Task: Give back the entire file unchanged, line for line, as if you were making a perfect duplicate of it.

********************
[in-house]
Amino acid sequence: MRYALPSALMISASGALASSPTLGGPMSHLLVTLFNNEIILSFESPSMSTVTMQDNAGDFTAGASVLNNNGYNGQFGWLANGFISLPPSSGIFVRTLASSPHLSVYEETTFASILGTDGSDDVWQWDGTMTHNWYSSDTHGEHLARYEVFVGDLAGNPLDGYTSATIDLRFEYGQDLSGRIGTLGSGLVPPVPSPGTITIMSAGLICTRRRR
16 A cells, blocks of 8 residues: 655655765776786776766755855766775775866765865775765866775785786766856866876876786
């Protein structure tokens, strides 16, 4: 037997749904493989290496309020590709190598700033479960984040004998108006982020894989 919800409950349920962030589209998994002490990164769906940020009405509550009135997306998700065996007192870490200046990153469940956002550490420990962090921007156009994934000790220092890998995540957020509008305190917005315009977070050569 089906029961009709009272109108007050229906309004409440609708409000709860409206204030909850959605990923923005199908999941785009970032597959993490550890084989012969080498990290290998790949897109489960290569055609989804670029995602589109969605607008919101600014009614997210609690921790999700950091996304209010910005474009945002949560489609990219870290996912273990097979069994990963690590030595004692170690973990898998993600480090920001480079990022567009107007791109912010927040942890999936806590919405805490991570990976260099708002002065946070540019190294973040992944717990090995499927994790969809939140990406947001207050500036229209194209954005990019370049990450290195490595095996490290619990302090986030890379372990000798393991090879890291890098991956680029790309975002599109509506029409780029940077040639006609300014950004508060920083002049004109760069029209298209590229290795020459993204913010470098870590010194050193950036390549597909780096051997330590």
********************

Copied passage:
[in-house]
Amino acid sequence: MRYALPSALMISASGALASSPTLGGPMSHLLVTLFNNEIILSFESPSMSTVTMQDNAGDFTAGASVLNNNGYNGQFGWLANGFISLPPSSGIFVRTLASSPHLSVYEETTFASILGTDGSDDVWQWDGTMTHNWYSSDTHGEHLARYEVFVGDLAGNPLDGYTSATIDLRFEYGQDLSGRIGTLGSGLVPPVPSPGTITIMSAGLICTRRRR
16 A cells, blocks of 8 residues: 655655765776786776766755855766775775866765865775765866775785786766856866876876786
């Protein structure tokens, strides 16, 4: 037997749904493989290496309020590709190598700033479960984040004998108006982020894989 919800409950349920962030589209998994002490990164769906940020009405509550009135997306998700065996007192870490200046990153469940956002550490420990962090921007156009994934000790220092890998995540957020509008305190917005315009977070050569 089906029961009709009272109108007050229906309004409440609708409000709860409206204030909850959605990923923005199908999941785009970032597959993490550890084989012969080498990290290998790949897109489960290569055609989804670029995602589109969605607008919101600014009614997210609690921790999700950091996304209010910005474009945002949560489609990219870290996912273990097979069994990963690590030595004692170690973990898998993600480090920001480079990022567009107007791109912010927040942890999936806590919405805490991570990976260099708002002065946070540019190294973040992944717990090995499927994790969809939140990406947001207050500036229209194209954005990019370049990450290195490595095996490290619990302090986030890379372990000798393991090879890291890098991956680029790309975002599109509506029409780029940077040639006609300014950004508060920083002049004109760069029209298209590229290795020459993204913010470098870590010194050193950036390549597909780096051997330590």